Culture Collapse Disorder
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Culture Collapse Disorder
Culture Collapse Disorder
Culture Collapse Disorder: The loss & destruction of home (places & planet) due to human impact and our modern consumer mindset
Curated by Bonnie Bright
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Excerpts from "The 11th Hour" - Ecopsychology Documentary from Leonardo DiCaprio

Environmentalism was once the project of a passionate few. Now, millions of people have responded to ecological destruction and have created the groundwork for a sustainable and just world.

 

With the onset of global warming and other catastrophic events, environmentalism has become today a broader unifying human issue. We as citizens, leaders, consumers and voters have the opportunity to help integrate ecology into governmental policy and everyday living standards.

 

During this critical period of human history, healing the damage of industrial civilization is the task of our generation. Our response depends on the conscious evolution of our species, and this response could very well save this unique blue planet for future generations...(Click title for more)

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3,000 Years of Abusing Earth on a Global Scale: Scientific American

3,000 Years of Abusing Earth on a Global Scale: Scientific American | Culture Collapse Disorder | Scoop.it
A new perspective emanating from archaeology and ecology suggests that humanity has spent thousands of years making widespread and profound changes to the "natural" world

 

Wherever you go on this blue, green and white globe of ours, odds are some person has been there before you—and left a mark. That's because the hunting, farming or burning practices of our most distant ancestors have shaped most land areas on the planet, argues an interdisciplinary team of archaeologists and ecologists inProceedings of the National Academy of Sciences. If we are indeed living in the Anthropocene—a new geologic epoch brought on by the outsized environmental effects of the human species—then this new interval isn't just a few hundred years old, it is older than the industrial revolution.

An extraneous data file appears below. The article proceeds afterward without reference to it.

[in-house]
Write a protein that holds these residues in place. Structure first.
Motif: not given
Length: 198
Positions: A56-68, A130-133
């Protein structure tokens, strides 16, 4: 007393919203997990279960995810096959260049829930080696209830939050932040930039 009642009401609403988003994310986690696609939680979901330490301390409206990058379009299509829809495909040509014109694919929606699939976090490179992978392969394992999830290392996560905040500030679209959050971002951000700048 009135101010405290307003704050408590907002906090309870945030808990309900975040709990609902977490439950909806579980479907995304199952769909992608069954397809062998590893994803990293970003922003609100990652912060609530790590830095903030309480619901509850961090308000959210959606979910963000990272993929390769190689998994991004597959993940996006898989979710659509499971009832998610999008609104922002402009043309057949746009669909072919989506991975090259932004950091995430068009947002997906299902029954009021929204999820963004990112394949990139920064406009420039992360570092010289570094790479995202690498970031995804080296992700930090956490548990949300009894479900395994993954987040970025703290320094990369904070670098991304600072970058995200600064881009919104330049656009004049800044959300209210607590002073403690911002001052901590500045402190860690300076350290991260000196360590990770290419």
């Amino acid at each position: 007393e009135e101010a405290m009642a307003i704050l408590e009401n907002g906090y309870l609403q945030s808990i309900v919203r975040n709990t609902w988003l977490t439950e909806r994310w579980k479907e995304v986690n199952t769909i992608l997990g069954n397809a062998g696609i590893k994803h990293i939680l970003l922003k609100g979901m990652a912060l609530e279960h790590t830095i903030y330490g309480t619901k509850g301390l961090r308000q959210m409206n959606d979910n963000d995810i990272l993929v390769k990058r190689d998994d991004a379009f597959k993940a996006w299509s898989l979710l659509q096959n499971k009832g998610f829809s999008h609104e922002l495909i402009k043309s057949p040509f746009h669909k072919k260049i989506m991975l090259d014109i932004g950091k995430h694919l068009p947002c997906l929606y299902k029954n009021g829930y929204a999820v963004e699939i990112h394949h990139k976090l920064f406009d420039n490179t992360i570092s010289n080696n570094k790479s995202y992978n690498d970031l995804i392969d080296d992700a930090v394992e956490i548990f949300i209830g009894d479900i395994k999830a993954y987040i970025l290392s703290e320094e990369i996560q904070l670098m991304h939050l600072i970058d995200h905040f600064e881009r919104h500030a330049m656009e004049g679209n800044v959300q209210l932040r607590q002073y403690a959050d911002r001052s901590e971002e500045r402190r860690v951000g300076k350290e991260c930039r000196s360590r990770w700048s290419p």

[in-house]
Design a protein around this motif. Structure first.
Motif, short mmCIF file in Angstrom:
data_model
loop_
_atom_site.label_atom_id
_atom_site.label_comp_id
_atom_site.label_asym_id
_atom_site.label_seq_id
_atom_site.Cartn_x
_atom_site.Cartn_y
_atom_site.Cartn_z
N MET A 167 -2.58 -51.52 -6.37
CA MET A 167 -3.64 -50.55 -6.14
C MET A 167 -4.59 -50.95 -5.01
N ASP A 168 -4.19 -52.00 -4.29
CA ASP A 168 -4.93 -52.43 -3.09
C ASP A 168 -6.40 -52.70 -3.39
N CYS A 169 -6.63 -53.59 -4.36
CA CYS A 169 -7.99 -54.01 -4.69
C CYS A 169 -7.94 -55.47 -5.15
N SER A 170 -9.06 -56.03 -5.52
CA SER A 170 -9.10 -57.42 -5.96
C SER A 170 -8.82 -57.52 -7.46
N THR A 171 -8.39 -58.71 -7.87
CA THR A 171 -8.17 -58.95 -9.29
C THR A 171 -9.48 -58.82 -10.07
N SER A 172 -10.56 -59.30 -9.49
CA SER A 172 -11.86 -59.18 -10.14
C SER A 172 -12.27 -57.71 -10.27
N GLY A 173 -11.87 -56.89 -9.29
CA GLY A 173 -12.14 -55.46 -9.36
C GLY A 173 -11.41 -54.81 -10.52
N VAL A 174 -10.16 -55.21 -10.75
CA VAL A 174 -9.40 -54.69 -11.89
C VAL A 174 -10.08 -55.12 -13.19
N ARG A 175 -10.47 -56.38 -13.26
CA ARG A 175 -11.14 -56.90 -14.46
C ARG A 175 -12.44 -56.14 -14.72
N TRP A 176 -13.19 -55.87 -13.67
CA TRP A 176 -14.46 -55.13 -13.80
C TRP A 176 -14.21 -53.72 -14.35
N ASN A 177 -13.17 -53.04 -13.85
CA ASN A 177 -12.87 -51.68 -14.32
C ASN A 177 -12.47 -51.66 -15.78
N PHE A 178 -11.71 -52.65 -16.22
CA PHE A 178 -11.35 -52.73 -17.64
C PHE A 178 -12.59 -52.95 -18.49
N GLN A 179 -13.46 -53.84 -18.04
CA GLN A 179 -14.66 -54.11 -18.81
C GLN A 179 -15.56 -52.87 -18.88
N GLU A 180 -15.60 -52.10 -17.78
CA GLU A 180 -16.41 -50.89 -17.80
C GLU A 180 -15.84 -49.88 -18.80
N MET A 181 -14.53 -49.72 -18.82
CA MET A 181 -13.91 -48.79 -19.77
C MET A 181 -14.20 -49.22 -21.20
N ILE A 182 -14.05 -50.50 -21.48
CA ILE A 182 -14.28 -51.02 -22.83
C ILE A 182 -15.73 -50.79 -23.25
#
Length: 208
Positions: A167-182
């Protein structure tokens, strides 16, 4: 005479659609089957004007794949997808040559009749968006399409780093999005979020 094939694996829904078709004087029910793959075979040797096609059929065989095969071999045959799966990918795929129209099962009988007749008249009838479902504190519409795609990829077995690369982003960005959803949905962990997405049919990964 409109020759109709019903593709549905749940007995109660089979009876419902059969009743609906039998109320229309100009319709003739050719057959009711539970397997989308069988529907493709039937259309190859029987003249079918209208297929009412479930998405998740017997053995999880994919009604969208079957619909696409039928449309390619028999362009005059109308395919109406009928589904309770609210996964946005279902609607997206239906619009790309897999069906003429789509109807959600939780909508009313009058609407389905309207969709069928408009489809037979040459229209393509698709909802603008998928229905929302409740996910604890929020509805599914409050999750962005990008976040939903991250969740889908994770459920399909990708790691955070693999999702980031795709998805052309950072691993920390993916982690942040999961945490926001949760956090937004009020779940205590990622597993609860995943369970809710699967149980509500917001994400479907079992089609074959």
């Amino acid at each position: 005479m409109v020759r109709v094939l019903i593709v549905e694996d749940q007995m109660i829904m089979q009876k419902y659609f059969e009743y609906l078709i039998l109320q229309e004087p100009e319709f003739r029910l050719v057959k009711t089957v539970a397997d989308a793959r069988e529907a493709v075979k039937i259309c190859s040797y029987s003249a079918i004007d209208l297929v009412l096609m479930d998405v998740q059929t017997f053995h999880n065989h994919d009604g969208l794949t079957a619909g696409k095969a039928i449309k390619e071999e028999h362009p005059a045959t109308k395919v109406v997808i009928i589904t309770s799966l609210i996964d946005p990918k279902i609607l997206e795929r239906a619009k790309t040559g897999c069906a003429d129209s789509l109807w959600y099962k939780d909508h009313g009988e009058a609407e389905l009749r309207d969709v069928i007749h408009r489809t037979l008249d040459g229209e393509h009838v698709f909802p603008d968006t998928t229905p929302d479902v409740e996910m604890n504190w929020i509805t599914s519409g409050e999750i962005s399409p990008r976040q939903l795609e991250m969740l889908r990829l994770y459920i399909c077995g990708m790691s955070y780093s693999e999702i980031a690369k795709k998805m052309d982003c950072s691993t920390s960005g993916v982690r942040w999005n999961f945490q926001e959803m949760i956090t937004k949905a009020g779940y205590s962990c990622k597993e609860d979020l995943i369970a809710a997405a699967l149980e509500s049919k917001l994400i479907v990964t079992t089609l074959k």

The researchers set out to investigate just how long human being have been profoundly changing the environment on land. "This is a super important question for the identity of humanity," argues... (click title for more)

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IPS – Indigenous Nicaraguans Fight to the Death for Their Last Forest | Inter Press Service

IPS – Indigenous Nicaraguans Fight to the Death for Their Last Forest | Inter Press Service | Culture Collapse Disorder | Scoop.it
Indigenous Nicaraguans Fight to the Death for Their Last Forest - Indigenous communities in northern Nicaragua are demanding that the authorities take urgent action to halt the attacks on their lives and territory by illegal invaders.

 

The Mayangna live from hunting and fishing, domestic livestock raising and subsistence agriculture, growing crops like corn, beans and tubers with traditional methods. But their way of life has been severely impacted by the invading farmers.
 

“They shoot everything, burn everything, poison the water in the rivers, and chop down the giant trees that have given us shade and protection for years, and then they continue their advance, and nothing stops them,” said Genaro.

 

“You don’t see tapirs anymore, the pumas and oncillas (tiger cats) have fled the area, you no longer hear the singing of the thousands of birds that used to tell us when it was going to rain. Even the big fish in the rivers are gone. Everything is disappearing...(click title for more)

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The Gaia Foundation Exposes The True Cost of Hi-Tech

The Gaia Foundation Exposes The True Cost of Hi-Tech | Culture Collapse Disorder | Scoop.it

There are hundreds of components in each of these gadgets, using dozens of metals and minerals. The path each component takes from the Earth to be extracted, smelted and processed criss-crosses the planet through complex routes that companies fail – or refuse – to track.


A new report from the Gaia Foundation and allies exposes how the accelerating consumption and wasteful disposal of our electronic gadgets is leading to growing ecological and materials crises. “Short Circuit: the Lifecycle of our Electronic Gadgets and the True Cost to Earth” was launched last week in the Houses of Parliament, alongside the London Mining Network, Friends of the Earth and the Great Recovery project. The report has been produced in collaboration with the African Biodiversity Network and others.


With the number of mobile-connected devices projected to exceed the number of humans on Earth by the end of 2013, the report draws attention to the vast and accelerating amount of metals and minerals that are being mined from the Earth for these gadgets, only to quickly return as wasted and toxic landfill.... (click title for more)

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